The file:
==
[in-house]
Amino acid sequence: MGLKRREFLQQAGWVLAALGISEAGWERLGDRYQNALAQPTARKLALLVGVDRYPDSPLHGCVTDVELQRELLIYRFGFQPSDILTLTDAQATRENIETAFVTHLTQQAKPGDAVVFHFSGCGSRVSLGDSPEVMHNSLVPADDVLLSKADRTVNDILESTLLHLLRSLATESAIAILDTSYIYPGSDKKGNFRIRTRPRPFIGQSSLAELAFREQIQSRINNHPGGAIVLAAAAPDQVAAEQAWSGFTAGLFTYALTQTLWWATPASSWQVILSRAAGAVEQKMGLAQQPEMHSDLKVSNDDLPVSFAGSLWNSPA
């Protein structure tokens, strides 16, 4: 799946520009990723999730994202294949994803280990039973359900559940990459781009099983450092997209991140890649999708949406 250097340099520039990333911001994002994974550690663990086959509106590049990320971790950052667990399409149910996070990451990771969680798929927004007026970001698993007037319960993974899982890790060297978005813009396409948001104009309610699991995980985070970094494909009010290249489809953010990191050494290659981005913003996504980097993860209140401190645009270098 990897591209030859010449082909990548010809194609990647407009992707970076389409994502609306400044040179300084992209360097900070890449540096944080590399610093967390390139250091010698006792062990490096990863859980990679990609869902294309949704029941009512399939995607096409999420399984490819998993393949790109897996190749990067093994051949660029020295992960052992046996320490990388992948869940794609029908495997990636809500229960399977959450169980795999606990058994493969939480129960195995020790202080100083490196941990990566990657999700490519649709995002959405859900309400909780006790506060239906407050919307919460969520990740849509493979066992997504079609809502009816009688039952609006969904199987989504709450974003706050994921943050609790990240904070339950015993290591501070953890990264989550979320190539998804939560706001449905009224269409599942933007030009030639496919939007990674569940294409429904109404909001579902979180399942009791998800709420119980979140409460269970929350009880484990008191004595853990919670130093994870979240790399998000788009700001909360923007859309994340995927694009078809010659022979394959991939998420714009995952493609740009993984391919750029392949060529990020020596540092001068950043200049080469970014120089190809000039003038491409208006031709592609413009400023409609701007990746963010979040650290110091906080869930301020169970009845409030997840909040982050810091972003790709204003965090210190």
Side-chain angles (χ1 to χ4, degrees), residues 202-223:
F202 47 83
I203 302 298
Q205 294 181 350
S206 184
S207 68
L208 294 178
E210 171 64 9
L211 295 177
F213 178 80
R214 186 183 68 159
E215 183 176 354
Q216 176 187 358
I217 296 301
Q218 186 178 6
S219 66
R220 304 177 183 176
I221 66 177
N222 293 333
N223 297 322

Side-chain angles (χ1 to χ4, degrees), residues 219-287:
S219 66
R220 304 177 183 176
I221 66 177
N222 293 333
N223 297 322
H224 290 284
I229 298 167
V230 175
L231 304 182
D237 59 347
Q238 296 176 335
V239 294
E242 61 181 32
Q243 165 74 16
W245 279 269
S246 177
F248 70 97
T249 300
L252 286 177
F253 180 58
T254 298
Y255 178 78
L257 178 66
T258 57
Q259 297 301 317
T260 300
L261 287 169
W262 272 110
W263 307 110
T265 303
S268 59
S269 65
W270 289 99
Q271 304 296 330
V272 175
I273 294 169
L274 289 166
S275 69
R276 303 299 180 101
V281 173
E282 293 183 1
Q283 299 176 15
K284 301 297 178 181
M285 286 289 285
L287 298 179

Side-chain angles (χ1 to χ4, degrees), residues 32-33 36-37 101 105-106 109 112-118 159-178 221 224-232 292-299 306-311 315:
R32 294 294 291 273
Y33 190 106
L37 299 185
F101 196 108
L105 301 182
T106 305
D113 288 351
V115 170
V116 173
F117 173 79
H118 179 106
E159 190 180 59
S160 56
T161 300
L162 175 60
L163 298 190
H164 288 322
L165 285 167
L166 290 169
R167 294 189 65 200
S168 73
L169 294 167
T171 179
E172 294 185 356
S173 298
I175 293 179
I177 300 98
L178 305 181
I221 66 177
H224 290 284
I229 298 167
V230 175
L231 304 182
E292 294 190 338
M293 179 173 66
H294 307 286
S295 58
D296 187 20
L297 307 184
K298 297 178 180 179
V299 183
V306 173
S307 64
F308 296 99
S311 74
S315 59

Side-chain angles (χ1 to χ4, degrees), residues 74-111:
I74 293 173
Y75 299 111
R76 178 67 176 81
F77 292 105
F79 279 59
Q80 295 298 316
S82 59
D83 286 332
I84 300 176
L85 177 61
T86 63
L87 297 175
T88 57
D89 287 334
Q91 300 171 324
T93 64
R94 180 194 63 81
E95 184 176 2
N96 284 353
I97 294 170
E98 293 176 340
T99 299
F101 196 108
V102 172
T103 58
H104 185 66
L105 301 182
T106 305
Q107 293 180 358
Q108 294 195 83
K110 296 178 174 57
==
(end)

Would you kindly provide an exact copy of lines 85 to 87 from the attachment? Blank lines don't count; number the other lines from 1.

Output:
L162 175 60
L163 298 190
H164 288 322